Twenty-six-year-old, younger of two brothers from a nuclear family, was brought by mother with complaints of extreme fearfulness and avoidance of all males and dressing up in his mother's clothes while alone at home. He was scholastically poor since childhood and quit studies after 9 th grade. Fearfulness for men had developed 5 years ago after a male employer he worked for used to touch patient inappropriately over his shoulders and back, against patient's wishes, though there was never any sexual contact. Since then, patient got very anxious in presence of men and constantly feared that they might try to 'rape' him or assault him. These thoughts were persistent and intrusive in the presence of any male. Therefore, he stopped talking to all males including his brother and would never allow any male to come close to him. Repeated hand washing in case of body contact with males was present. Patient had quit job to avoid any contact with males.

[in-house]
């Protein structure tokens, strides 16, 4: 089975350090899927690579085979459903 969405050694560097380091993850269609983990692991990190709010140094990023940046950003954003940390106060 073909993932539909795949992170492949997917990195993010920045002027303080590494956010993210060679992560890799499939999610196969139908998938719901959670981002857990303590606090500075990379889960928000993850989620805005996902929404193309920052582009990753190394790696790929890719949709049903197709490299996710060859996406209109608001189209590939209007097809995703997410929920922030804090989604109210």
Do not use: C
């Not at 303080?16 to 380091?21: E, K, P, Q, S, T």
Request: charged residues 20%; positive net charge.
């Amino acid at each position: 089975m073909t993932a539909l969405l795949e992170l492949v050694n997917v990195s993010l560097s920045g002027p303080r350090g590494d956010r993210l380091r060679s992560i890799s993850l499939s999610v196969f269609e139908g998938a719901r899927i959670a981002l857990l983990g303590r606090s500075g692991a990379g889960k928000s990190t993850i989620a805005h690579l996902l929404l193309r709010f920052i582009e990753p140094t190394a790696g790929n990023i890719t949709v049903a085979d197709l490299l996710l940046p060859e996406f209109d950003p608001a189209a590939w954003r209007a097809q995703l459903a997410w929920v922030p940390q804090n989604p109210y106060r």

Patient repeatedly dressed up in his mother's clothes and jewellery whenever alone at home and would remain so for varying periods. This relieved his distress related to constant fear of males and gave a sense of contentment. He denied sexual arousal or fantasising being a female while cross-dressing. His gender identity was male and his sexual fantasies limited to females. There were no associated paraphilic behaviours.

Patient had extreme anxiety in the presence of a male doctor but was comfortable with a female doctor. He would try to develop subtle body contact with female doctor like hand shake, which made him relaxed. Patient had male pattern secondary sexual characteristics and borderline intelligence (IQ 78).

Patient predominantly had features of OCD and transvestic behaviour appeared as a means to alleviate anxiety rather than for sexual gratification. Patient was treated with fluoxetine upto 60 mg. Remarkable improvement in cross-dressing, fear of males and repetitive handwashing was present at 12 weeks.